On Christmas Day, Gail Jackson’s 16-year-old daughter said she was in so much pain she thought she would die. Liliana had been briefly admitted to hospital with Covid in September. Her symptoms never went away and, as time went on, new ones had emerged.
“For months she had a relentless, agonising headache, nausea, tinnitus, fatigue and insomnia, but the worst thing was the agonising nerve pain,” said Jackson. “I couldn’t even touch her without her screaming in pain.”
On Christmas morning, Jackson drove to hospital with her daughter vomiting from pain in the passenger seat. When they got to the hospital, however, the A&E doctor said there was no such thing as long Covid in children. “He said she just needed to go home and get on with her life,” Jackson said. “It was jaw-dropping.”
It is extremely rare for children and young people to contract severe Covid, but recent research has shown that even mild or asymptomatic infection can lead to long Covid in children. A study at UCL is investigating long Covid in 11- to 17-year-olds who were not hospitalised with the disease.
“The Office for National Statistics found that after 12 weeks, 7% of two- to 11-year-olds, 8% of 12- to 16-year-olds and 11.5% of 17- to 24-year-olds had symptoms,” said Dr Nisreen Alwan, an associate professor in public Health at the University of Southampton.
Nice, the National Institute for Health and Care Excellence, has recommended more research to produce guidance on how children and young people are affected and how they can be treated. However, there is no case definition of long Covid in children and young people in the way there is in adults.
In the absence of that definition and guidance, parents say they are being dismissed or regarded with suspicion by medical professionals over their child’s unexplained symptoms.
One of the problems, says the Royal College of Paediatrics and Child Health, is that services for rehabilitating children seriously affected by, for example, chronic fatigue symptoms are “completely inadequate” in many parts of the country.
“We’re very pleased to see the high-quality research being undertaken into symptoms seen in some children post-Covid,” a spokesperson said. “One of the things these studies hope to find out is which symptoms are to do with the effect of the virus (many viruses can leave people with post-viral symptoms such as chronic fatigue), and which are a consequence of lockdown or other knock-on effects of the pandemic.”
Kate and her son Max, 12, say they had to fight to be believed by their GP. “We’ve been living with the long-term effects of Covid for over a year now,” Kate said. “It’s been a long journey, via a rollercoaster of terrifying symptoms ranging from chest pains, breathlessness, red eyes, gastric problems, muscular and joint pains, to hives, to name just a few.
“GPs deal in certainties but there are no certainties here, just a litany of new symptoms. We’ve been bounced endlessly between child and mental health services and the GP, but still no one has any idea how to help my son.”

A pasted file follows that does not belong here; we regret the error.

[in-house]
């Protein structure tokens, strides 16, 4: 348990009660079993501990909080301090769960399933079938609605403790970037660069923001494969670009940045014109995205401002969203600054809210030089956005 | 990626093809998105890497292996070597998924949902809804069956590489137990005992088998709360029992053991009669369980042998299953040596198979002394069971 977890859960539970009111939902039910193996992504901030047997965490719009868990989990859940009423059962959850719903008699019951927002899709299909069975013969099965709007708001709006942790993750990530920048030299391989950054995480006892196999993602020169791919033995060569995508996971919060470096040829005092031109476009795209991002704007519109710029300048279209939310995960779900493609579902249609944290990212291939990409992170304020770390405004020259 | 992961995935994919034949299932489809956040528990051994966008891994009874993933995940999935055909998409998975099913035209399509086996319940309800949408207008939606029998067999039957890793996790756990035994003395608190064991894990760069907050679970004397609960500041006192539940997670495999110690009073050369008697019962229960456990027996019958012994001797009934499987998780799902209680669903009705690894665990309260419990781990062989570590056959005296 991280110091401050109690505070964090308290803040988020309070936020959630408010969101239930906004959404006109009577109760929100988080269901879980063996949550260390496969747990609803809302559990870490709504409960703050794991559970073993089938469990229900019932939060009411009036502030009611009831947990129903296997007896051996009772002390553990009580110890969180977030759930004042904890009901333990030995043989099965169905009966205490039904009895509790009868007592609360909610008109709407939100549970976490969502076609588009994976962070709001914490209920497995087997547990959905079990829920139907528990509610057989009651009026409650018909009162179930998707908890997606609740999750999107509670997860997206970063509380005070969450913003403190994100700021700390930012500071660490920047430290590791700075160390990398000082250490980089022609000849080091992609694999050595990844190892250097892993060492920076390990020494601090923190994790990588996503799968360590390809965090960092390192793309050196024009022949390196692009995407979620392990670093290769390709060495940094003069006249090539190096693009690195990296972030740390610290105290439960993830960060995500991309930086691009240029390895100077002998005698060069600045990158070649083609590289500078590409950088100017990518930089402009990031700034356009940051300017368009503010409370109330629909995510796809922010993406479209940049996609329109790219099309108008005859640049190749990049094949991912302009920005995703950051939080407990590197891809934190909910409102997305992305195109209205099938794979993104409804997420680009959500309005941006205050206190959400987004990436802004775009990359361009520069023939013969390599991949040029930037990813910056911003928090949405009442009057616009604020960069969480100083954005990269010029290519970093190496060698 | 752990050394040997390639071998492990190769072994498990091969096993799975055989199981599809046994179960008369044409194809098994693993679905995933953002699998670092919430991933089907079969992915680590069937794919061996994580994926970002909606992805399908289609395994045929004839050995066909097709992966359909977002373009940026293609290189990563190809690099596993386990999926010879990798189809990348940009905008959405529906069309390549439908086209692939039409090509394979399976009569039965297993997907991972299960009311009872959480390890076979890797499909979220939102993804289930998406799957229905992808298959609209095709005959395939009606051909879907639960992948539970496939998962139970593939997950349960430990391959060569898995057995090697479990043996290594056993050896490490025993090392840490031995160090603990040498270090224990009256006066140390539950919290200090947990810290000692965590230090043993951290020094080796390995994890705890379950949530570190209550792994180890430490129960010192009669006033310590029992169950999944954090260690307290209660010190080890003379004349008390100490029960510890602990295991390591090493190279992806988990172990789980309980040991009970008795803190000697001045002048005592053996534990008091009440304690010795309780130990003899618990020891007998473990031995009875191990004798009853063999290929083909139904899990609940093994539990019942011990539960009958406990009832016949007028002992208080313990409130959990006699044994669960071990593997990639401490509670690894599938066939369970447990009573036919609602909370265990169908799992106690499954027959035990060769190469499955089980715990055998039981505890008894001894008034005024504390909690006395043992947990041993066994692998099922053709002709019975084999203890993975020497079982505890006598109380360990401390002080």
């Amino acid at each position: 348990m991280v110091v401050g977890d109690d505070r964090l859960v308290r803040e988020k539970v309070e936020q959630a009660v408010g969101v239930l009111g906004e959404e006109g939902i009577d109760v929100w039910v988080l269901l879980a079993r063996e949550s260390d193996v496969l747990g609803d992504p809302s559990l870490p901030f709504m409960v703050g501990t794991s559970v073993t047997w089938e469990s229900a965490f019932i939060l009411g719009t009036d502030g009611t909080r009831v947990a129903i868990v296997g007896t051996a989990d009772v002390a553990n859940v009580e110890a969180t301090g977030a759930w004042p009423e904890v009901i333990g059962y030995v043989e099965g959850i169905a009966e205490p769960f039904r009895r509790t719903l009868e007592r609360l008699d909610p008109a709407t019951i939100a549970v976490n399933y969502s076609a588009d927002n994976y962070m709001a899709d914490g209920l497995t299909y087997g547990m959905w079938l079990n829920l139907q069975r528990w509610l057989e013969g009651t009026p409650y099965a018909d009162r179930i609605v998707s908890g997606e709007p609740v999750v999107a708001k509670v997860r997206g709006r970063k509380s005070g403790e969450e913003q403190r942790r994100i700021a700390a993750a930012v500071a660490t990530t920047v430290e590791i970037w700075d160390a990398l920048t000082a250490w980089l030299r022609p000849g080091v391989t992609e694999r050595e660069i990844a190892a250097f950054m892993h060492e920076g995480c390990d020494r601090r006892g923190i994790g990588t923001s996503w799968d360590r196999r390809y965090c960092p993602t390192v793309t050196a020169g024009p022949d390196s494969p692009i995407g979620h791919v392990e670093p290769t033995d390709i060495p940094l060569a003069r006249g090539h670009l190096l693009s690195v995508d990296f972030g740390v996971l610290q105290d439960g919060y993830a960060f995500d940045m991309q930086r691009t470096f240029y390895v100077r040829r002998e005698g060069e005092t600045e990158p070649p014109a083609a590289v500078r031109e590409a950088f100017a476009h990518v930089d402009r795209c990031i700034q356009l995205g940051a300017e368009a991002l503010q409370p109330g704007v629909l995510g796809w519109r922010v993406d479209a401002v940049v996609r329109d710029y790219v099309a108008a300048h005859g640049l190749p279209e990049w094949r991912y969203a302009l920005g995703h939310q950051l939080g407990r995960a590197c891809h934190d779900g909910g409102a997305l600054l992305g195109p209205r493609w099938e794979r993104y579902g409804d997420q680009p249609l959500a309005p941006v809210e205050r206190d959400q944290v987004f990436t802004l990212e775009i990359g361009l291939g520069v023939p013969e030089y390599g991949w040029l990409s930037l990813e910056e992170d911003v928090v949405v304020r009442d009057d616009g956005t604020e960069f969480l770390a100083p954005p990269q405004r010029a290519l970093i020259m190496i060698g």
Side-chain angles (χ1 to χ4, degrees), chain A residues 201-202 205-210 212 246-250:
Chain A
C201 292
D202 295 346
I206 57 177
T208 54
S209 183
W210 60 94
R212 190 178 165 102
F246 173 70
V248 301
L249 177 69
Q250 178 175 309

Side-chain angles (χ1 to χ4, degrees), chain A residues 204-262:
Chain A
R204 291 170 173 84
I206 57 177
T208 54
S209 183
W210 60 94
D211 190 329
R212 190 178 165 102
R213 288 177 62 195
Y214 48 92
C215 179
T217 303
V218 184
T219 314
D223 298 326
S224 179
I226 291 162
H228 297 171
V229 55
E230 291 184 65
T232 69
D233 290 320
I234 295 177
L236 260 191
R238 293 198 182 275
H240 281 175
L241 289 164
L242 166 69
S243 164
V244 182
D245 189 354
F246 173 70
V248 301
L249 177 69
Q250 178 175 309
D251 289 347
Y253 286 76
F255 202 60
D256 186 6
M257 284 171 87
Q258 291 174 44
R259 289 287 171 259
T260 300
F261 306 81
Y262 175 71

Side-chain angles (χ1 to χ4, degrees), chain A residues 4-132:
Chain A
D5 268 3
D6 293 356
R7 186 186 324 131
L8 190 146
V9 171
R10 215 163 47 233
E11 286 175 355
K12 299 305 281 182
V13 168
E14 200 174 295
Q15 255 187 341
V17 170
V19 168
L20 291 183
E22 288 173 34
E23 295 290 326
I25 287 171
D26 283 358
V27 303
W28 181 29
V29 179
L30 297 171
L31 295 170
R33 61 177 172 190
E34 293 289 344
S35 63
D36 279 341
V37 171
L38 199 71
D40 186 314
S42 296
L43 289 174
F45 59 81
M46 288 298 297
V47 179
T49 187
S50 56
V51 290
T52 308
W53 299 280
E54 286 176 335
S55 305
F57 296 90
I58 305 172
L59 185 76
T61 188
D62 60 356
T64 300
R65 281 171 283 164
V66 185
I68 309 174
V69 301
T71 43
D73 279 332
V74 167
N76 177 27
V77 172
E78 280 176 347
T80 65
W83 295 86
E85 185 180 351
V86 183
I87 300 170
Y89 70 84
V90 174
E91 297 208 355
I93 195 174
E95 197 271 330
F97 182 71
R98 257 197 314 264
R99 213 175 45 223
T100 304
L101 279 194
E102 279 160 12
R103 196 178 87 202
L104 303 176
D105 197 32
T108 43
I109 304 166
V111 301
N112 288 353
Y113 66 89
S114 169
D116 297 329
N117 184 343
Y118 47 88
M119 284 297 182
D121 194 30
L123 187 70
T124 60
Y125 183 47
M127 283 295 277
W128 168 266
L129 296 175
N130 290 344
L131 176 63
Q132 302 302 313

Janet* is certain that her two teenage daughters both have long Covid. “I’m a senior nurse and I still feel patronised and dismissed by the paediatricians,” she said. “Nothing has happened unless I’ve threatened to complain. There are just constant attempts to fob me off by implying the severity of my daughters’ symptoms are exaggerated.”
Anna said her experience with her 12-year-old son had been “barbaric and horrible”. “To send a child away from A&E when he’s screaming in pain and insisting it’s all in his head – which is what has happened to us – is negligent and criminal,” she said.
Melania* had a similar experience with her two-year-old daughter. “She’s been having seizures and losing consciousness since October but doctors have been dismissive to the point of telling me I’m an anxious mother and needed to calm down because children of my daughter’s age are not affected by Covid or long Covid.”
Ruth believes that her daughter Sue, 15, also has long Covid. “If they don’t believe us now, how can we even hope to find out what the long-term impact of this condition could be on our children?” she said. “It’s terrifying.”
Frances Simpson, a lecturer in psychology at Coventry University, co-founded the support and advocacy group Long Covid Kids in October after her two children, Saskia, now 10, and Magnus, now six, developed the condition. Membership stands at more than 2,000 parent and is growing by about 100 a day.
“Many parents on our site have experienced poor care for their children, including diagnoses of anxiety in the child and even, in some cases, some form of Munchausen by proxy in the parents,” said Simpson. “Even those medical practitioners who have been supportive have been honest in their admission that there is no research and no answers.”
Michael Rosen, the former children’s laureate author who spent 47 days in intensive care after contracting Covid, has agreed to be a trustee of the group.
“It’s emerging that this is an overlooked and special area of people affected by Covid,” he said. “We’ve allowed the common understanding to spread that children don’t get Covid and/or if they get it, they don’t get it bad, and that if they get it, they don’t get long Covid. Clearly, things aren’t that simple and we need more detail and more stats to tell us more.”
* Some names have been changed.